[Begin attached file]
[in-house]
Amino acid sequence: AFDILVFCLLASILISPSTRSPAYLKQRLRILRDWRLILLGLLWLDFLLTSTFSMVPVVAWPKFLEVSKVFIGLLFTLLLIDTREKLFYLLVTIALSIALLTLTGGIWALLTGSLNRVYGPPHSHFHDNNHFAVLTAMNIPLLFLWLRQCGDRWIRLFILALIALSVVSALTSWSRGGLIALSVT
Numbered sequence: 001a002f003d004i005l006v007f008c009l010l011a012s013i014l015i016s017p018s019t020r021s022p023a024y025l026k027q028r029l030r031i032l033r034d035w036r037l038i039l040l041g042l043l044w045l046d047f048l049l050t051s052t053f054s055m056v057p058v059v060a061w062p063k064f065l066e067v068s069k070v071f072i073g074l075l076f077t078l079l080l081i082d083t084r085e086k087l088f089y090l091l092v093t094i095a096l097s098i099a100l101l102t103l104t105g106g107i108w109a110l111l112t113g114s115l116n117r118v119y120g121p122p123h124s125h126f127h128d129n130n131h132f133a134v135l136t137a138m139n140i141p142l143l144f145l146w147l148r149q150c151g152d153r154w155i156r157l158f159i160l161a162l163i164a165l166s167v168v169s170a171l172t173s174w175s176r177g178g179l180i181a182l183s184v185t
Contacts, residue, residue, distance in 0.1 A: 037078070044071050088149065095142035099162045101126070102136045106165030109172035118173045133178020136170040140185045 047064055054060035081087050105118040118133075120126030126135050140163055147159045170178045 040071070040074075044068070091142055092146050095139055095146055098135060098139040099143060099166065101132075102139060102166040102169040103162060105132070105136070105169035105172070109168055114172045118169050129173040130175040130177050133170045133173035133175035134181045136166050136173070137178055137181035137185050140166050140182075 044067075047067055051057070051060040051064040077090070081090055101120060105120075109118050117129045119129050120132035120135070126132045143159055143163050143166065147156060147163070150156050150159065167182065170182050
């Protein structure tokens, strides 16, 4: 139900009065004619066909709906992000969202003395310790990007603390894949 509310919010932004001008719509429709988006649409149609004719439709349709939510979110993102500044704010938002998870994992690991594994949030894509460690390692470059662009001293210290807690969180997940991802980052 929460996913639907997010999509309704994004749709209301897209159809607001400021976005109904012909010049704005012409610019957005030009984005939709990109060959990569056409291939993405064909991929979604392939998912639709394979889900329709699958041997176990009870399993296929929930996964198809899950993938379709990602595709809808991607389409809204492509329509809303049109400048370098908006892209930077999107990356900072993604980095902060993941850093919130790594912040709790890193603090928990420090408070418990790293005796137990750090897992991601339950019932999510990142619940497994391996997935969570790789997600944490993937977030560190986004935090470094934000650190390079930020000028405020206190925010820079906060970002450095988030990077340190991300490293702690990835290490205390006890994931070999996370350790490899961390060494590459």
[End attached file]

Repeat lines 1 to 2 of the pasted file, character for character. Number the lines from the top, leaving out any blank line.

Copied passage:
[in-house]
Amino acid sequence: AFDILVFCLLASILISPSTRSPAYLKQRLRILRDWRLILLGLLWLDFLLTSTFSMVPVVAWPKFLEVSKVFIGLLFTLLLIDTREKLFYLLVTIALSIALLTLTGGIWALLTGSLNRVYGPPHSHFHDNNHFAVLTAMNIPLLFLWLRQCGDRWIRLFILALIALSVVSALTSWSRGGLIALSVT